You'll also want to keep in mind that there needs to be a design and message match throughout. Your customers should feel confident as they move through the process that the product they wanted and the product they are getting are the same. 

You'll also want to streamline the payment process as much as possible. Make sure your customers trust your brand and the third-party payment setup too. Make the pathway to purchase as short and quick as it possibly can be. The less time that is taken to fill in login details, the better.

Start Testing Social Commerce with PIM

If you look at the planning phase for social commerce, but you're overwhelmed by what it would take to manage new sales channels like this... consider adopting a PIM solution.

Product Information Management (PIM) is like a product database where you can prepare your content for sale (in this case, social commerce!).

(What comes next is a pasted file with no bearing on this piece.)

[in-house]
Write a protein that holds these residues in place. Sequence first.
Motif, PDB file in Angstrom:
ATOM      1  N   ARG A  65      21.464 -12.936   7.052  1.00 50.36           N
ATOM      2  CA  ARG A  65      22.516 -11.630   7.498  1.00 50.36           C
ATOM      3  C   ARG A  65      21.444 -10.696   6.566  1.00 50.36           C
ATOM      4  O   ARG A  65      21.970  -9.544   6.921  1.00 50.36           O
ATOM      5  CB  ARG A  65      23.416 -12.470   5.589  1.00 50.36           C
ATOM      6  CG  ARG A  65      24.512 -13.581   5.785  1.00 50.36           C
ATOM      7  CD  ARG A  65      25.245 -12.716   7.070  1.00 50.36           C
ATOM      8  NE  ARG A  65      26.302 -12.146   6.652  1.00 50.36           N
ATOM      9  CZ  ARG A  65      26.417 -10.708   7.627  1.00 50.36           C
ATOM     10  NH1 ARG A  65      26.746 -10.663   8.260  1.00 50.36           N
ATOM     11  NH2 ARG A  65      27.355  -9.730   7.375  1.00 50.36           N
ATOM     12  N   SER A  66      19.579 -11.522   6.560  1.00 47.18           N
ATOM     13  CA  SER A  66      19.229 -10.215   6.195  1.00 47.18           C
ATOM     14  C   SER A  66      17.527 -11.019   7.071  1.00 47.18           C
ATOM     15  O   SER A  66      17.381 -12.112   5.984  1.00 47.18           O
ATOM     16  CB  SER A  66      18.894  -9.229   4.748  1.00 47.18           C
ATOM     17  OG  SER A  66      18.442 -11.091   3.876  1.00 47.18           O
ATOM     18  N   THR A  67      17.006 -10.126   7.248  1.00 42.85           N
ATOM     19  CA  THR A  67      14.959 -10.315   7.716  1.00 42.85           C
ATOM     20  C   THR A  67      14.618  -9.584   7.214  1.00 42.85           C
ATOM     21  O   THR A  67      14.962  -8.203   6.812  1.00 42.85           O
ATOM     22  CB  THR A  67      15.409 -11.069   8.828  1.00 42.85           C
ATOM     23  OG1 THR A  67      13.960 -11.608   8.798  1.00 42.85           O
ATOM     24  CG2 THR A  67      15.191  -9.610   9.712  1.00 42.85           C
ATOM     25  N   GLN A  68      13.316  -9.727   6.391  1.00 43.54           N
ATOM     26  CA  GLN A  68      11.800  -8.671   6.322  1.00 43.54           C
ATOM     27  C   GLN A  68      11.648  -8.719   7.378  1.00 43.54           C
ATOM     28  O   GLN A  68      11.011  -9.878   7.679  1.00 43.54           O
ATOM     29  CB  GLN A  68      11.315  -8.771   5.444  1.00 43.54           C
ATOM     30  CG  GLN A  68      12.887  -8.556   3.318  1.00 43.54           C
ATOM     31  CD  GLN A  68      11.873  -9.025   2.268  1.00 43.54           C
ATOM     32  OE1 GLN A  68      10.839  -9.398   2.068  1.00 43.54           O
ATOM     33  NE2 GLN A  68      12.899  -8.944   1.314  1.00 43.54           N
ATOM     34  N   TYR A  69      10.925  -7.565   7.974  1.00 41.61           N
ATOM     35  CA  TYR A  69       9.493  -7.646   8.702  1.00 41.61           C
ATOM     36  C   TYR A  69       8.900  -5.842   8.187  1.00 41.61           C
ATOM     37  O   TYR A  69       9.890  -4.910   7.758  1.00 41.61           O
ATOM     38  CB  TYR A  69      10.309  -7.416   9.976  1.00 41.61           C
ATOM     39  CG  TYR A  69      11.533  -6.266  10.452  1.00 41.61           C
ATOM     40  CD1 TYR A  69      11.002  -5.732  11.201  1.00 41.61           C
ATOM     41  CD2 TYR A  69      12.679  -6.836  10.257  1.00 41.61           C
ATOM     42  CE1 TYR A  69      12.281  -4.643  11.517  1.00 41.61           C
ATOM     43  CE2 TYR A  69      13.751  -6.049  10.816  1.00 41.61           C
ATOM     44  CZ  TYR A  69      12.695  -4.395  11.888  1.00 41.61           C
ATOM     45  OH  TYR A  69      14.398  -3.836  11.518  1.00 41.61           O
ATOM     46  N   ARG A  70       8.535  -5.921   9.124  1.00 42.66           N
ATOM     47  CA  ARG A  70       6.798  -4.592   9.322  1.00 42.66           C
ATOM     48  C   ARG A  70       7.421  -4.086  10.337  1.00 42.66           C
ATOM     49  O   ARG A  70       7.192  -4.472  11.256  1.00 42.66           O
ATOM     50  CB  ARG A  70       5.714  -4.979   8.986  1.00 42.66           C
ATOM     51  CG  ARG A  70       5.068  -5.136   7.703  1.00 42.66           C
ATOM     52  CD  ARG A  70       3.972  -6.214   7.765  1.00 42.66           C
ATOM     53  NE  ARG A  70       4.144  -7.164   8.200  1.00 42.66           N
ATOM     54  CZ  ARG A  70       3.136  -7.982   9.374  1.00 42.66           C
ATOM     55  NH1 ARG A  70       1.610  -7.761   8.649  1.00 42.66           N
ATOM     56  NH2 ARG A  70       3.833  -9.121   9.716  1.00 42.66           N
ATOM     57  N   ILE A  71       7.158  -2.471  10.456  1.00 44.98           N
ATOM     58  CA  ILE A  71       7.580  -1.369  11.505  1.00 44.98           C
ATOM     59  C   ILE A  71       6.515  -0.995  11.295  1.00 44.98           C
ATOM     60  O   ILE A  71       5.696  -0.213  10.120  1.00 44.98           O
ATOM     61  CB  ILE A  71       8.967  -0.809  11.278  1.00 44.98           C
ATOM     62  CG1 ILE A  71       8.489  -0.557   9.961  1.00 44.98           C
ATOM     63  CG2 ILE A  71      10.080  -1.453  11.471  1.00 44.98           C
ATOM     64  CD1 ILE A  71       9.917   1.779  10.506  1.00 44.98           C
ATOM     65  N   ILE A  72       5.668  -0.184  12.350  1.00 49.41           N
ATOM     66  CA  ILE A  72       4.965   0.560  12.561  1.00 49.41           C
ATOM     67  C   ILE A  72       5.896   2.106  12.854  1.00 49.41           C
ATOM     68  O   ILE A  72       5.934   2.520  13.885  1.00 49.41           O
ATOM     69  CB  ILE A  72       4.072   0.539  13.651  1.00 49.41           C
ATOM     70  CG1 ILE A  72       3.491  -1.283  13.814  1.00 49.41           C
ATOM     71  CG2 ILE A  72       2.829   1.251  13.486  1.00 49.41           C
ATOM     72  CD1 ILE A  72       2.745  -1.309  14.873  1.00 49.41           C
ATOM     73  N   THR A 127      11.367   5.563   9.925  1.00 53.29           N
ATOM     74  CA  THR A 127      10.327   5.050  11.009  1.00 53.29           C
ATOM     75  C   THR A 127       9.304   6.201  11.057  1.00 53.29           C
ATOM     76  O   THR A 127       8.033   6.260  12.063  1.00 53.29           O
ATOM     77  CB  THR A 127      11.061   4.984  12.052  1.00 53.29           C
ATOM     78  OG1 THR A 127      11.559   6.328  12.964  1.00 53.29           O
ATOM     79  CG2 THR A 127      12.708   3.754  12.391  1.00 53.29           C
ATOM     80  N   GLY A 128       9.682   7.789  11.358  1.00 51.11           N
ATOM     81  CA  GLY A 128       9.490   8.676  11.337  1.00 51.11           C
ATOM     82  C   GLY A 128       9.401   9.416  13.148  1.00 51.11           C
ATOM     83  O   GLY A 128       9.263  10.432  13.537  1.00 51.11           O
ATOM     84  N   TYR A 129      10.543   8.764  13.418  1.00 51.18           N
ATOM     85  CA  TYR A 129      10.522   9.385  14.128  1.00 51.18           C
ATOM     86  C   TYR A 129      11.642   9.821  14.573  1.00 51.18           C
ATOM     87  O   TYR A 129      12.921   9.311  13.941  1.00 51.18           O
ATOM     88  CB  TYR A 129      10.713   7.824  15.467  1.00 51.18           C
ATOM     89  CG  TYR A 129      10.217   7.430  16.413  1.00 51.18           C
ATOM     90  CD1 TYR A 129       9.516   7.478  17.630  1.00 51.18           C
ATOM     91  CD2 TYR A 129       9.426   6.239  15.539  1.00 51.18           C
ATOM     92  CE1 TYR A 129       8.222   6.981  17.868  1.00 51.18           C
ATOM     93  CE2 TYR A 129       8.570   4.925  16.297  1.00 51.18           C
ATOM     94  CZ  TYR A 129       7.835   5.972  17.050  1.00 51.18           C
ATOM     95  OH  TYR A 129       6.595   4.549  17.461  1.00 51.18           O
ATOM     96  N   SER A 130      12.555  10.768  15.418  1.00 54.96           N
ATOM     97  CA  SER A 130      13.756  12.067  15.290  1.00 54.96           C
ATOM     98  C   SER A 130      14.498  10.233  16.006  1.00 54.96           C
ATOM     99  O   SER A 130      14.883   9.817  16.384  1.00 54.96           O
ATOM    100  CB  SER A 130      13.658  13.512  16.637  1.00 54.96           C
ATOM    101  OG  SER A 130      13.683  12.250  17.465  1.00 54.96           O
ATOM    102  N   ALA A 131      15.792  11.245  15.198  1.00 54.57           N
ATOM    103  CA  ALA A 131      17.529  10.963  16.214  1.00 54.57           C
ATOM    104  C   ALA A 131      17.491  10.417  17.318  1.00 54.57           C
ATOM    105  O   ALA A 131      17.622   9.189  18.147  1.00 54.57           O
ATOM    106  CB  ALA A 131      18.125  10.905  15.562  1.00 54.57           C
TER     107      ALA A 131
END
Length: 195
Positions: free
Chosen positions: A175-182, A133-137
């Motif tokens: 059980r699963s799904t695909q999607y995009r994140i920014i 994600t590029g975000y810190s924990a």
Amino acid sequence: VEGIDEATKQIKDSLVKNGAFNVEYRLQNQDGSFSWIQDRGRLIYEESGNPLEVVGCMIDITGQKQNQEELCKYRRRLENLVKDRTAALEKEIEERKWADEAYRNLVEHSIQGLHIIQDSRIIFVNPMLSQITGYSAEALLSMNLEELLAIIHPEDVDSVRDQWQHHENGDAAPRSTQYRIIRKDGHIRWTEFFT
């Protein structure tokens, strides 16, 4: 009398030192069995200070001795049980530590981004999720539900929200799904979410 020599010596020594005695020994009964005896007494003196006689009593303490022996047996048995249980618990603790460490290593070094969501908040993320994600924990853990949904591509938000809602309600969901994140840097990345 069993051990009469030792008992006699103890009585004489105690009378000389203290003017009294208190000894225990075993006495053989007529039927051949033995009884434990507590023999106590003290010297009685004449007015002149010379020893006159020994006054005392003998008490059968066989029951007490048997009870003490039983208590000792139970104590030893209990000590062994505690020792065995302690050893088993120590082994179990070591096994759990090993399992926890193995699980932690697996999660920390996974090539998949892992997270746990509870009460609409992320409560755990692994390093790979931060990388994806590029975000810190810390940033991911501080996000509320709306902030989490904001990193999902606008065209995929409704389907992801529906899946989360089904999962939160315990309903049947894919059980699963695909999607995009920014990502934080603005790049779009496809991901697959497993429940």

PIM helps brands and retailers alike optimize, prepare, and distribute their product content from a single place. This centralization makes it way easier to test, validate, and manage new sales channels. It also has the added benefit of keeping your content consistent wherever you may be selling. 

As part of building and executing a cohesive social commerce strategy, it makes the world of sense to use PIM to centralize and distribute your product content to maintain brand consistency. 

Learn more about omnichannel retailing and how PIM makes all the difference by downloading your free guide below.